We found generally that transplanted circles were not operated as tight franchises but encouraged to adapt to local context and led by locally-based champions. The Asian chapters of Social Venture Partners (SVP), one of North America’s largest networks of city-based circles, developed characteristics relevant for India, China, Australia and Japan. In India, the city chapters were legally registered under a the umbrella of a single non-profit entity – a neat workaround in a country where registration can be arduous – and this gave scope for the chapters to adopt a dual funding strategy: a nationwide focus on supporting economic livelihood coupled to city-based priorities relevant for each locality. Impact 100 chapters in the USA are almost entirely women-only groups, whereas in Australia they encourage mixed gender membership.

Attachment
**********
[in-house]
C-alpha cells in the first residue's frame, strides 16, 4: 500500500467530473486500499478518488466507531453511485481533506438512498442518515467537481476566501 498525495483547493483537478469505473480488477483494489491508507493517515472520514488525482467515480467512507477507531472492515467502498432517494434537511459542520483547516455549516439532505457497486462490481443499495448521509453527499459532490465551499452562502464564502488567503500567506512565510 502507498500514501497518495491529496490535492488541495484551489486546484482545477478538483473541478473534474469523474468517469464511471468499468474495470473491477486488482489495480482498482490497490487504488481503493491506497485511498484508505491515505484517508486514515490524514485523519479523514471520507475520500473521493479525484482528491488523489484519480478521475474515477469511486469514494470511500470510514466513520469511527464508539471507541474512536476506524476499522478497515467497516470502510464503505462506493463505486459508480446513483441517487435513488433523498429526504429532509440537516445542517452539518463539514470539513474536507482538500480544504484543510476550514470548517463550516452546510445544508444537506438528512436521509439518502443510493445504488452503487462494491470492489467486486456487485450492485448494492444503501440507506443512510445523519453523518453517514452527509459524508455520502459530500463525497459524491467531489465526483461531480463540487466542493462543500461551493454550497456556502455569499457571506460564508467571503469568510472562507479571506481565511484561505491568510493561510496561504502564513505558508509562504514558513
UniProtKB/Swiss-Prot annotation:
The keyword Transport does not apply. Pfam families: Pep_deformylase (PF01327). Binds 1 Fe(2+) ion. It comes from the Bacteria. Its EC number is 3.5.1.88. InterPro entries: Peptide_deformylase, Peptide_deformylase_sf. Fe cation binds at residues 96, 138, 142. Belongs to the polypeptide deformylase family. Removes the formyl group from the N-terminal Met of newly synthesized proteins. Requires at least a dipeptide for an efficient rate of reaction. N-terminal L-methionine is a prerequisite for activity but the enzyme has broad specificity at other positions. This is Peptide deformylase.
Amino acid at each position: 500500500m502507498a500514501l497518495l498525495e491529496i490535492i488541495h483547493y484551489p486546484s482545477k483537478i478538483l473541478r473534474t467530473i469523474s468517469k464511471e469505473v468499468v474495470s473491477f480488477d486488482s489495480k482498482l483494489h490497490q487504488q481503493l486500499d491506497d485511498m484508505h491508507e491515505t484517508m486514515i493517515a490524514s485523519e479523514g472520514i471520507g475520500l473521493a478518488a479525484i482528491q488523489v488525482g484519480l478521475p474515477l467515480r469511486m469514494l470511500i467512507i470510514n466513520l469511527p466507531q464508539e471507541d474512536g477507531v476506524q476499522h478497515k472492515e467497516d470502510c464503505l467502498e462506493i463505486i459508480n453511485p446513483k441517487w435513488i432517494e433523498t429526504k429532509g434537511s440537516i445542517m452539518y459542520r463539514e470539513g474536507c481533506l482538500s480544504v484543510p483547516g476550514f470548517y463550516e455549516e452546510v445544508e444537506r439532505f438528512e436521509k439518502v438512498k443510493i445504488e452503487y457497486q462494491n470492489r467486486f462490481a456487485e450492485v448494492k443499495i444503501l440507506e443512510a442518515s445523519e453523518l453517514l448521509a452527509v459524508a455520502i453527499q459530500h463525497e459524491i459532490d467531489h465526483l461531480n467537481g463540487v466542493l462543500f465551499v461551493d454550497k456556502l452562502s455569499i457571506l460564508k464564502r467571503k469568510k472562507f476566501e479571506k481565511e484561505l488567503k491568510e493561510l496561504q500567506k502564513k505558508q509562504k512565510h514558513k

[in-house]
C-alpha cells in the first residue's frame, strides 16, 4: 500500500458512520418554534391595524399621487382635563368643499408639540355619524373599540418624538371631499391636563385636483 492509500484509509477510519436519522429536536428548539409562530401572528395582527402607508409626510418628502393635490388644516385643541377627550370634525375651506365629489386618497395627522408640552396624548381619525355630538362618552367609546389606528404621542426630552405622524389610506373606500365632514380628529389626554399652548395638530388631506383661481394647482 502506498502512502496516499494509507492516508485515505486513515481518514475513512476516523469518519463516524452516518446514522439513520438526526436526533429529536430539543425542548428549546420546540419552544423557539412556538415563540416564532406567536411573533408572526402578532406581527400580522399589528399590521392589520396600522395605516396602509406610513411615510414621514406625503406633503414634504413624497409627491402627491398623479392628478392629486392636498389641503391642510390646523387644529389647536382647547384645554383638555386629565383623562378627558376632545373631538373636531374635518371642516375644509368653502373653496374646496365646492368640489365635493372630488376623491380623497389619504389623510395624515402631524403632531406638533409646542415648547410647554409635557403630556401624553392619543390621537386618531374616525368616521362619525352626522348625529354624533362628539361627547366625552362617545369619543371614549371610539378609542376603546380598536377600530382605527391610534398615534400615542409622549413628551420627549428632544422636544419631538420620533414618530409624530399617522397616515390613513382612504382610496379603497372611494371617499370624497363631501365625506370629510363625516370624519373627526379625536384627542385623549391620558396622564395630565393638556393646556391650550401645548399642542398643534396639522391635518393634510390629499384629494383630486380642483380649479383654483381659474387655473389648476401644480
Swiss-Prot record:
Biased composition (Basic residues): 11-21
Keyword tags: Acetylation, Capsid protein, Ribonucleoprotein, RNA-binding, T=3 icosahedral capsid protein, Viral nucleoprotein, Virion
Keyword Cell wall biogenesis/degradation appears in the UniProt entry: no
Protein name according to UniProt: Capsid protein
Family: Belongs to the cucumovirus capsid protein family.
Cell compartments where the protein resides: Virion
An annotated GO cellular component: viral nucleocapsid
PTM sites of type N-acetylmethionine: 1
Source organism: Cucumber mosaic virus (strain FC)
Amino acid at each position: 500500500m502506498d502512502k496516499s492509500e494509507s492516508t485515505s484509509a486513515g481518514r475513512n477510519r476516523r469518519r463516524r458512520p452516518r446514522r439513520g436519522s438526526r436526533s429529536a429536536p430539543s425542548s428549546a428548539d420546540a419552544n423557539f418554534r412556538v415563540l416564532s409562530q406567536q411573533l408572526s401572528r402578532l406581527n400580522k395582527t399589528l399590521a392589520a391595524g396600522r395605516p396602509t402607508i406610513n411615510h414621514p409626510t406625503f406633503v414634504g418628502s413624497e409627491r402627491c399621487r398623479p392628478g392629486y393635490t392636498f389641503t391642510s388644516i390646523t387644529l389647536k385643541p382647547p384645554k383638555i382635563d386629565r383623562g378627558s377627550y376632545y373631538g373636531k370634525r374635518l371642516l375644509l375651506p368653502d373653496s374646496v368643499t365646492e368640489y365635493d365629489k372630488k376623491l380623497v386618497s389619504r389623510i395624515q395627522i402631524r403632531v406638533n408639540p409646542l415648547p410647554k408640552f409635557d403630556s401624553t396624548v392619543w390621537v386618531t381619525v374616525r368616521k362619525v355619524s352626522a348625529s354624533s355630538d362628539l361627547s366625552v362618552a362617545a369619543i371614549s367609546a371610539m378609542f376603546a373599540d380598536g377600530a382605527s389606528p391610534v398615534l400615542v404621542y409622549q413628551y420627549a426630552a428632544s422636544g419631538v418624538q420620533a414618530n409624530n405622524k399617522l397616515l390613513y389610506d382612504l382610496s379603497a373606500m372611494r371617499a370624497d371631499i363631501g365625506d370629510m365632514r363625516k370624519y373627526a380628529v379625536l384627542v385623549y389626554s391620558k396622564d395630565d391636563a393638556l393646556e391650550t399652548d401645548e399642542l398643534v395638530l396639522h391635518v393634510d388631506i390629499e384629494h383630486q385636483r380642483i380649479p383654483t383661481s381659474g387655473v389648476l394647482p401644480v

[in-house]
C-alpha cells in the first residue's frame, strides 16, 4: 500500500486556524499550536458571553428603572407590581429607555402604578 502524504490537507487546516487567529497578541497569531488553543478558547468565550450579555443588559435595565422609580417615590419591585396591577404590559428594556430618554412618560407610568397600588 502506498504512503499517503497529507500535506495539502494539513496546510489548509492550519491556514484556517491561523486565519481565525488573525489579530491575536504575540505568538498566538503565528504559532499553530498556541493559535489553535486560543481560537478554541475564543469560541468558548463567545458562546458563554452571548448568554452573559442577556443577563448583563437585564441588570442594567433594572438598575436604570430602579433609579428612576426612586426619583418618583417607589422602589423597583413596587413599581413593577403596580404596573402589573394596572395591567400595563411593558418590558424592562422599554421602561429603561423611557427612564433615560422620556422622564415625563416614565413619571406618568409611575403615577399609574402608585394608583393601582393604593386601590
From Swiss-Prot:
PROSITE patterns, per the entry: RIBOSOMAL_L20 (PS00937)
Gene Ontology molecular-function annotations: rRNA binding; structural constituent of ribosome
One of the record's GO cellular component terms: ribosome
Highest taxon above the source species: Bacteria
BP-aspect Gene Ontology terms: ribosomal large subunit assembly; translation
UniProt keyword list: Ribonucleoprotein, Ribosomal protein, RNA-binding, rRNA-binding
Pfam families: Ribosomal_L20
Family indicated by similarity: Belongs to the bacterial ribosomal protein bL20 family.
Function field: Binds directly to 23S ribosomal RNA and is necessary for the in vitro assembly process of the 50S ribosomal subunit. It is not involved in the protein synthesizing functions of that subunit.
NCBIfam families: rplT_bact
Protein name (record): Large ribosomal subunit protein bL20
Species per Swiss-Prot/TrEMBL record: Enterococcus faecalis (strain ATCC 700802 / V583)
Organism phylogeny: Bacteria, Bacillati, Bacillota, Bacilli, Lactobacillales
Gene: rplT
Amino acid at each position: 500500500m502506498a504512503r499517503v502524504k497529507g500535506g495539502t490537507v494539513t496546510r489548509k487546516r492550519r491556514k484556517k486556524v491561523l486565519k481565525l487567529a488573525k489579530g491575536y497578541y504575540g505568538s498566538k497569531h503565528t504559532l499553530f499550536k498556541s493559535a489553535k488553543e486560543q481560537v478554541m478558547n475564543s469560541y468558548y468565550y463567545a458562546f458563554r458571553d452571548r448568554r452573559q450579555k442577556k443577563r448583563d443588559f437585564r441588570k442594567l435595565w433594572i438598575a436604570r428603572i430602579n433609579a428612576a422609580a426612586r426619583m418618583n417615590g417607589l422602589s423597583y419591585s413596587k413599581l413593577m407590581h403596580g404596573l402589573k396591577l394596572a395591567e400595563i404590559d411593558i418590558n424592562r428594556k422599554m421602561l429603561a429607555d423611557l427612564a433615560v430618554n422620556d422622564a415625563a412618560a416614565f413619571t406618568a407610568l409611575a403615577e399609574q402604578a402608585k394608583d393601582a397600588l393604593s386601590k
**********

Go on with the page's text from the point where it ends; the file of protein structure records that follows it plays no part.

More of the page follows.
We identified a small number of giving circles in India, Singapore, Hong Kong, and Australia apparently unconnected to any model outside of the region. These included a circle for women only, one working among a diaspora community, a group for next-generation philanthropists, and a cluster of circles hosted within a venture philanthropy fund. Indigenous giving circles have no direct link to groups outside Asia and appear to have developed their own models without explicit reference to existing ones. In the globalizing field of philanthropy they are likely to be influenced, if even unconsciously, by established models in the USA and Europe where there has been an opportunity to connect with and learn from them. Dasra is a Mumbai-based venture philanthropy fund and social entrepreneur support organisation that initiated its own giving circles targeting high net worth individuals and grantmakers as members. A circle of ten members, focused on a particular social issue, is formed only after extensive market research and the shortlisting of ‘best in class’ non-profits. Financial commitment is high, with each member pledging US$60,000 over the 3-year lifetime of the giving circle. By contrast, New Day Asia in Hong Kong requires its 80 or so members to give a monthly minimum of HK$500 (US$65) to support non-profits in Cambodia, China, Nepal and India. The low financial barrier to joining encourages young professionals to experience the collective impact of giving and volunteering their time. New Day Asia has raised US$563,000 in donations and co-funding since 2007.